Press one to graduate (and Clay Shirky again)

I love rights. They’re a great measure of how much western civilisation thinks of you.

If you’re a low-paid worker, an immigrant, disabled, or just unlucky enough to be poor your rights are an unaffordable luxury. They are an extravagance, a throwback to a bygone age, a toxin that destroys your profitability.

If you are a member of the global 1% (and if you are reading this you most likely are), your rights are inviolable and must be staunchly defended. Especially your consumer rights, and your right to choose to give large corporations money. Those ones are especially important.

Recently, a group of wealthy educators (though not the ones that actually do any educating), leavened with a few writers, commentators and others came together to defend a new bunch of consumer rights – your rights in the emerging market place of high-capacity online learning.

There is much to agree with, both in the initial draft and the document as it currently stands. You can still contribute to the google doc should you wish, and many others have done so. But it remains, at its heart, equivalent to the rights you have to return your malfunctioning MacBook and have it replaced. Or it would if it actually conferred any rights.

It disappeared on later drafts, but one of the telling phrases on the original Bill of Rights was “the right to have great teachers”.  Language like this echoes that of people like Joel Klein at NewsCorp:

“Last, to shake up the system, we must change how we use technology to deliver instruction. (This is what I’m now seeking to do at News Corporation.)… [O]ne of the best things we could do is hire fewer teachers and pay more to the ones we hire. And, as in any other field, technology can help get us there. If you have 5,000 math teachers, many of whom are underperforming, significantly improving overall quality is nearly impossible. But if you get the best math professors in the world—who are great teachers and who deeply understand math—and match them with great software developers, they can create sophisticated interactive programs that engage kids and empower teachers.”

Those “many of whom are underperforming” teachers are your adjuncts. Also known as regular folks doing a difficult job well for too little money. And this kind of idea is being smuggled under the cover of reaching new groups of students.  Automating marking, signature track typing-style recognition, superstar lectures streamed online… all of these ideas represent a way not to employ an adjunct professor.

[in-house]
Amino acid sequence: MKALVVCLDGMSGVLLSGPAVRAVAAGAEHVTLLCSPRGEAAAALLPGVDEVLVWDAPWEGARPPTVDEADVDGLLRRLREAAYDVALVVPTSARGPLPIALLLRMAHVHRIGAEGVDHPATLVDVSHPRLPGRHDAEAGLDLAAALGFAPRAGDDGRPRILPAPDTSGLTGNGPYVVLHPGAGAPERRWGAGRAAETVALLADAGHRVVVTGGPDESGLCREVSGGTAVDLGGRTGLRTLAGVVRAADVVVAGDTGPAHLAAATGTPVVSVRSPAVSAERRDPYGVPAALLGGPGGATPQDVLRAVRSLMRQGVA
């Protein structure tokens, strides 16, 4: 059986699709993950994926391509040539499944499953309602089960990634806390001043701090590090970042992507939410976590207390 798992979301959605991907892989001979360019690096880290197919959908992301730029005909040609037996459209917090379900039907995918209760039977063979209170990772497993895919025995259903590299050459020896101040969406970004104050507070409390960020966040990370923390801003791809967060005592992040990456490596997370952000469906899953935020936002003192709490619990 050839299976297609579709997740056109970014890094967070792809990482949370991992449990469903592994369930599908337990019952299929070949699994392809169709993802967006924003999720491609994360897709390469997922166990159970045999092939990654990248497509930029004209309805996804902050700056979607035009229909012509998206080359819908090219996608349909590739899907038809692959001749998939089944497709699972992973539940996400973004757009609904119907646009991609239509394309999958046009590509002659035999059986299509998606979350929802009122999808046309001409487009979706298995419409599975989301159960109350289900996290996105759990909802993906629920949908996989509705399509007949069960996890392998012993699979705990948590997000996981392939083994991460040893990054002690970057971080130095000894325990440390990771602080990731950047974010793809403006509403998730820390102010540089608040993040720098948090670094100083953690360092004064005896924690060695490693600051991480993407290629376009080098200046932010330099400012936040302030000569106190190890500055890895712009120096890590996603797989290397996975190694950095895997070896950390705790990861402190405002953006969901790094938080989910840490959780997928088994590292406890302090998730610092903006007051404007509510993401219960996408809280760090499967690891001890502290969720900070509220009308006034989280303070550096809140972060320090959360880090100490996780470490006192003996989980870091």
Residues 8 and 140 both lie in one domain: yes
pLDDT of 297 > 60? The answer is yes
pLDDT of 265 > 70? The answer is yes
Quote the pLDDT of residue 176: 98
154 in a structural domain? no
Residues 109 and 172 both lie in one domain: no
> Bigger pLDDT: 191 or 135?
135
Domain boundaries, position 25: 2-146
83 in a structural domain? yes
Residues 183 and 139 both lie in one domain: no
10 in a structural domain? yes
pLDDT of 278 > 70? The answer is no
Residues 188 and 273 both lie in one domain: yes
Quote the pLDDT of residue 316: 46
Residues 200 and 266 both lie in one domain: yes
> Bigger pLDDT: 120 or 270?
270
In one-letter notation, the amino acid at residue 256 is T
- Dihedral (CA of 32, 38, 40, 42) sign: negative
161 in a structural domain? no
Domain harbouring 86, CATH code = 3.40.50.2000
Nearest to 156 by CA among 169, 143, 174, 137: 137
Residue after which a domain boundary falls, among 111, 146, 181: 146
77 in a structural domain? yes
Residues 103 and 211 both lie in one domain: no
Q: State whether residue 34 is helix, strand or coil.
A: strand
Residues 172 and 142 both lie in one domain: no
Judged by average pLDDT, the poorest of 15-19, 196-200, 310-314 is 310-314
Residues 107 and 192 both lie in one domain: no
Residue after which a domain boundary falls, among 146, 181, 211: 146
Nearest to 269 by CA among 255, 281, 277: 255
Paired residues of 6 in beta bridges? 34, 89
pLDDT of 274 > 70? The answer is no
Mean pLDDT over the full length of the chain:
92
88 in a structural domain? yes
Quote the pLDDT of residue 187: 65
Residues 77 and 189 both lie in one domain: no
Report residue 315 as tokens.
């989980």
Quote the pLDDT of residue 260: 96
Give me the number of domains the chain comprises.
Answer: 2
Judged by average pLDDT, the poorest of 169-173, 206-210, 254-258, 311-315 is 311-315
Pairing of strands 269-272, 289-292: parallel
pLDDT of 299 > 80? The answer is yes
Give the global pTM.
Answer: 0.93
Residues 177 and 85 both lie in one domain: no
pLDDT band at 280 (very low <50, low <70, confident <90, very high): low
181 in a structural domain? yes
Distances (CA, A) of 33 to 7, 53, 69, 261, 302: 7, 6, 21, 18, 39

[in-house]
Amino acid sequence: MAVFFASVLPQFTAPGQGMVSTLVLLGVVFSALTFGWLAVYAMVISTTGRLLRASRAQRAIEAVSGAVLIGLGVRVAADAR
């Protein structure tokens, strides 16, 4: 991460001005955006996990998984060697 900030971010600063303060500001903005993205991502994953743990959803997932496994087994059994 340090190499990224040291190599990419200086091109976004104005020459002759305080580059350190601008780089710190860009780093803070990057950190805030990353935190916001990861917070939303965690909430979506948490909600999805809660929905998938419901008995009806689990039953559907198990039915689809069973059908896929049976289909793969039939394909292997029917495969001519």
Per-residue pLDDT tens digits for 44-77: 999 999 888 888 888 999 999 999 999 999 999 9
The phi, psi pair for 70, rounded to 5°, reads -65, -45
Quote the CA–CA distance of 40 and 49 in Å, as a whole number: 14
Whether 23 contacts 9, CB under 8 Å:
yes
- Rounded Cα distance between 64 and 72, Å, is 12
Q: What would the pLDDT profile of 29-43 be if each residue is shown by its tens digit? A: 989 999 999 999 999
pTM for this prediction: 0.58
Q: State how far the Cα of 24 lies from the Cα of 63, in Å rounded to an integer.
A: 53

Simultaneously, “adjunct” professors (or part-time hourly-paid early-career teaching-only-contract staff, as we call them rather less snappily in the UK) are asserting their own right to withdraw their labour. Adjunct Project’s “Quit” initiative feels like the beginning of the HE equivalent of Colony Collapse Disorder, where hives become unviable as masses of worker-bees disappear without explanation.

Across the world, academic tenure has shifted from an expectation, to a dream, to an unheard of state of employment for anyone under 40. And unsurprisingly, young academics are tiring of being exploited and patronised (“many of whom are underperforming”), and moving elsewhere. Out of academica. Into a career where they can one day aspire to rent their own home.

This is the aspect that Clay Shirky (yes, him again) misses entirely when he defends himself against detractors in The Awl. He’s comparing MOOCs to mass education (specifically mass lectures) without contemplating that mass education is only like that because we are unwilling to invest in human resources to provide a better experience.

And the MOOC difference. It’s cheaper. Initially. While the venture capital lasts. And that’s it.

There’s no increase in the quality of the experience, it’s not a better product. Just a subsidised one.  If you want a comparison from another industry, it’s what happened when call centres realised they could replace swathes of staff with an automated attendant.

In that case, as with what is happening in education, it was a cost (salary) saving that drove the change. Swathes of skilled and knowledgeable staff could be replaced by an inflexible system and scripted (but untrained) low-paid offshore staff.  But this led to a drastic lowering of customer satisfaction – these days the trend is to bring back the old-fashioned call centre – with major airlines and banks promoting the chance to speak to a real person to solve complex queries.

The almost one hundered million google results for “speak to a real person” bear this out. There is a demand for human intelligence in solving complex banking and ticketing queries –  it is bizarre to believe that there would not be a demand for human intelligence in supporting learning.

So what of the humans in question – the adjuncts? If we are not spending the money on proper jobs for educators – if we literally cannot afford to grow the professors, provosts and vice-chancellors of the future -what exactly are we spending ever rising student fees on?

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